And remember to start your search early. You won’t be the only person wondering how to go to college for free and scholarships can be limited to a first come, first served basis. You should also keep in mind that you don’t need to wait for your senior year to start hunting for scholarships. There are grants and awards available at all high school grade levels.

2. Give service to your country
The U.S. Coast Guard, Air Force, Military (West Point), Merchant Marine and Naval academies offer free college opportunities to students who serve after college, but cash is also available through ROTC programs closer to home.

Service requirements for ROTC programs vary, but all require students to complete military training on campus and commit to up to 12 years, depending on the branch of service. Students leave with training, a guaranteed job and opportunities for more free education.

AmeriCorps, a national service organization that offers education awards in exchange for community work, provides an award of up to $5,730 for each full year of service. Maximum years of service vary among AmeriCorps programs. Members also receive a living stipend while serving in the program.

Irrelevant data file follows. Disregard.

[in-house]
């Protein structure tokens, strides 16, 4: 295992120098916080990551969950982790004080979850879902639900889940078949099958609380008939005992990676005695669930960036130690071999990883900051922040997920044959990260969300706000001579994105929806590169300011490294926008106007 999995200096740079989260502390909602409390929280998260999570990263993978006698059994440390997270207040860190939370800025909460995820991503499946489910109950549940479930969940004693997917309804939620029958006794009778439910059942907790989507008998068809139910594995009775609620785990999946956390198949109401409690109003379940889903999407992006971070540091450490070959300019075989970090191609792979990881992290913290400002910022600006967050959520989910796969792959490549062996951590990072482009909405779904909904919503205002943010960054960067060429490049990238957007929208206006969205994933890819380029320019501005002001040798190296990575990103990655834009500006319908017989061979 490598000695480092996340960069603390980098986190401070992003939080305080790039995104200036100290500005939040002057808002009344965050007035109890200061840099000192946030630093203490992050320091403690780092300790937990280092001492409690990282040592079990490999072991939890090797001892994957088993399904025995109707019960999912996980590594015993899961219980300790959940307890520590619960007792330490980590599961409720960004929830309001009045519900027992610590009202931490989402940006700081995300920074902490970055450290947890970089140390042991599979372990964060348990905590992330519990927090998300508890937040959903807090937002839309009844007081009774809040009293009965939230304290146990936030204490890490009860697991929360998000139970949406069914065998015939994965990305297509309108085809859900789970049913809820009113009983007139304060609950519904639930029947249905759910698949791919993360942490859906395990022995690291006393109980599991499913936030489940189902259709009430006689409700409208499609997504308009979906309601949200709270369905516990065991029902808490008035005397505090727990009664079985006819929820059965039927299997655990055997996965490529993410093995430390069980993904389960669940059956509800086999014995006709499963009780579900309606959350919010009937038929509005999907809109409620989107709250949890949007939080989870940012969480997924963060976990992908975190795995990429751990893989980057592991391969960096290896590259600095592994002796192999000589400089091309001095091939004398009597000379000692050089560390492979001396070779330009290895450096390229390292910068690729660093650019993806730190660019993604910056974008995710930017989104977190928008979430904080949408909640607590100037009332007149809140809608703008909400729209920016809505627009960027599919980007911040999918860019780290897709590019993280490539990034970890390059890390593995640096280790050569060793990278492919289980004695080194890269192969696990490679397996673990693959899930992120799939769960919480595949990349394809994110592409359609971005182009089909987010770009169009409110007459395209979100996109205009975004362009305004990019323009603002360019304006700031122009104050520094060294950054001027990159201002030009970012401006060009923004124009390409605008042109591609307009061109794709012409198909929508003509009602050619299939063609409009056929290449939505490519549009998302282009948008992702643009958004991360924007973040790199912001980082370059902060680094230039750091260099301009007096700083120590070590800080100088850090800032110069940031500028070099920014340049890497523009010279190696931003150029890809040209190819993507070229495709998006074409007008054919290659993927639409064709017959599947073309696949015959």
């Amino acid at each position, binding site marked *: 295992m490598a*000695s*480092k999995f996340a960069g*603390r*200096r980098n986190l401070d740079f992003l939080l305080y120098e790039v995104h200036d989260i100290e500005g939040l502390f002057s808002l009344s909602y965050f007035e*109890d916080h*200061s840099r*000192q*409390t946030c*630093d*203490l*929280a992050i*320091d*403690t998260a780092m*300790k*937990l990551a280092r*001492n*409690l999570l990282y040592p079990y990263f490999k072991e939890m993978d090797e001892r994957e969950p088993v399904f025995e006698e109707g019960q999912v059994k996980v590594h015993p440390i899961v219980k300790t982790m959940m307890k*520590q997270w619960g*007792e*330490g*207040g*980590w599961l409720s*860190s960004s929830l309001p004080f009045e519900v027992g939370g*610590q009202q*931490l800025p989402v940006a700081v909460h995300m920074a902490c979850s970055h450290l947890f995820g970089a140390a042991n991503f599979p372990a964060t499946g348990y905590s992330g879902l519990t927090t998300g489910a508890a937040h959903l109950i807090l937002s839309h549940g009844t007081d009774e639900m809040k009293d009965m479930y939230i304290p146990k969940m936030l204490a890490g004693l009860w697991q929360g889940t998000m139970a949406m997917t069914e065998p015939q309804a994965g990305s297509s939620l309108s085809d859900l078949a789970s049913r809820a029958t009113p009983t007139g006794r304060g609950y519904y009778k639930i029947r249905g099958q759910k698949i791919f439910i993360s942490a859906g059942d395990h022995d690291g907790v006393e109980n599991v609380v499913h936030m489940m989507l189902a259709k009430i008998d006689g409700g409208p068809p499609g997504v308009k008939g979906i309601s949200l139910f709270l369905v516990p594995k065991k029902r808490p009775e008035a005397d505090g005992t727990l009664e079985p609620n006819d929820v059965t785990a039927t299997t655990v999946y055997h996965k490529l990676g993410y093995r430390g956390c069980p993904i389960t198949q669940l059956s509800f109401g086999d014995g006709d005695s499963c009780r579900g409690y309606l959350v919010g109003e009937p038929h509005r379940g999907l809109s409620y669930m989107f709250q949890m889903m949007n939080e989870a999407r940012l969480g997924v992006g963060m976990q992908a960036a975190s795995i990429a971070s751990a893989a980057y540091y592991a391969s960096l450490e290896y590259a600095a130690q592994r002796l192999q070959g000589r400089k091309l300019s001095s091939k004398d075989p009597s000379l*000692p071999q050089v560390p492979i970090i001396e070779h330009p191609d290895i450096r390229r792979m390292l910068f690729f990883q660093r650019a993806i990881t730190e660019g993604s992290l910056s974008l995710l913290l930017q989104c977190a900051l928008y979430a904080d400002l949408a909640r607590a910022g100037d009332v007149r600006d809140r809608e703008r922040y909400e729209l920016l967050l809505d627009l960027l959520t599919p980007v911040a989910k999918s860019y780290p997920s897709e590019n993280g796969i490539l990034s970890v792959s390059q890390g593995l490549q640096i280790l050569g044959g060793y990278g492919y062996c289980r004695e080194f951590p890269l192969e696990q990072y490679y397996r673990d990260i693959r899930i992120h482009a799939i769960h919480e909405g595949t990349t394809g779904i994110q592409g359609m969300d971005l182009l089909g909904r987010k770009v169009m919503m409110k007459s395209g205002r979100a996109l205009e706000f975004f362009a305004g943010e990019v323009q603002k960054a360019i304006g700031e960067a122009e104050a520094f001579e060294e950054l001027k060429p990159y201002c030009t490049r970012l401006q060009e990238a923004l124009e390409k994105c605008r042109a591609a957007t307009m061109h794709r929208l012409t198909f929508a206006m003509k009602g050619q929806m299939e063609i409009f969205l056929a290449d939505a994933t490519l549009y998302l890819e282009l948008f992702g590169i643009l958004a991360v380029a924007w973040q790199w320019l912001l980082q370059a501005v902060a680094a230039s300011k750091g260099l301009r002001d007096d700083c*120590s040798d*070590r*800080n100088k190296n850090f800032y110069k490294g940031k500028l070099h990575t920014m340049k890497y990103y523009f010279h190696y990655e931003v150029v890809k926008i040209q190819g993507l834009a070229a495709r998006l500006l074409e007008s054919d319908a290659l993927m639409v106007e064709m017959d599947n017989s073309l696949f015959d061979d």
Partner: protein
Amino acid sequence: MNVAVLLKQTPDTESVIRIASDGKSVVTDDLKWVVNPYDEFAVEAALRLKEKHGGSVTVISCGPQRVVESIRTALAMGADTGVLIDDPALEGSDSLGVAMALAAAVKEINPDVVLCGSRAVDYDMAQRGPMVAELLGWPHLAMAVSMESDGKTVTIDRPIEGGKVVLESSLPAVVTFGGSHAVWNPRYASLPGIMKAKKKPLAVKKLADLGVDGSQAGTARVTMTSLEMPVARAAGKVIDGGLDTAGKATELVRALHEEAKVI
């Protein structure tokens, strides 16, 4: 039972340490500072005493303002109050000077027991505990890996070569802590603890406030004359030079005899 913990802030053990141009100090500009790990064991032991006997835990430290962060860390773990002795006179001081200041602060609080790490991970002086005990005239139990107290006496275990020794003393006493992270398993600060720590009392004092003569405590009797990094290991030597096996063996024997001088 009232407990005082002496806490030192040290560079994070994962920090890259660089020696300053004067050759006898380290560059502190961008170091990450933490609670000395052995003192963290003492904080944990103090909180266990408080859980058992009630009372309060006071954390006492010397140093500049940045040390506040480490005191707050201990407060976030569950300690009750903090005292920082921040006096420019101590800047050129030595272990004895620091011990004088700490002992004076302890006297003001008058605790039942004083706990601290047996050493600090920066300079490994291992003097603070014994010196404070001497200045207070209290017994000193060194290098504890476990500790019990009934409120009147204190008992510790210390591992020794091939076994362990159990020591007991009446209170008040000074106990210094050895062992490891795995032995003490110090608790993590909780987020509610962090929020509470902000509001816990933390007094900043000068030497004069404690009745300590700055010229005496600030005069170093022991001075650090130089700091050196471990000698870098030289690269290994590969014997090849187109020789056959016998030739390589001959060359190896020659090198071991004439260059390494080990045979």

3. Work for the school
Schools charge students tuition, but their employees often can get a free education. “This is a great option, especially for older students with job experience,” says Reyna Gobel, author of “CliffsNotes Graduation Debt.” “If you’re 18, you might not qualify for a job that provides (tuition) benefits.”

Schools typically provide benefits for full-time workers and sometimes require a certain level of experience, Gobel says. Future students can find out about their school’s policy by calling the admissions office.

4. Waive your costs
Some students can get a free pass based on academic performance or other factors.

The North American Council on Adoptable Children in St. Paul, Minnesota, reports that Connecticut, Kentucky, Virginia, Maine, Massachusetts, Texas, Florida and Maryland offer waivers at certain public schools for adopted and foster care children.

Other schools offer waivers for Native American students, senior citizens and dislocated workers. To find out what your school offers, call the financial aid office.

5. Become an apprentice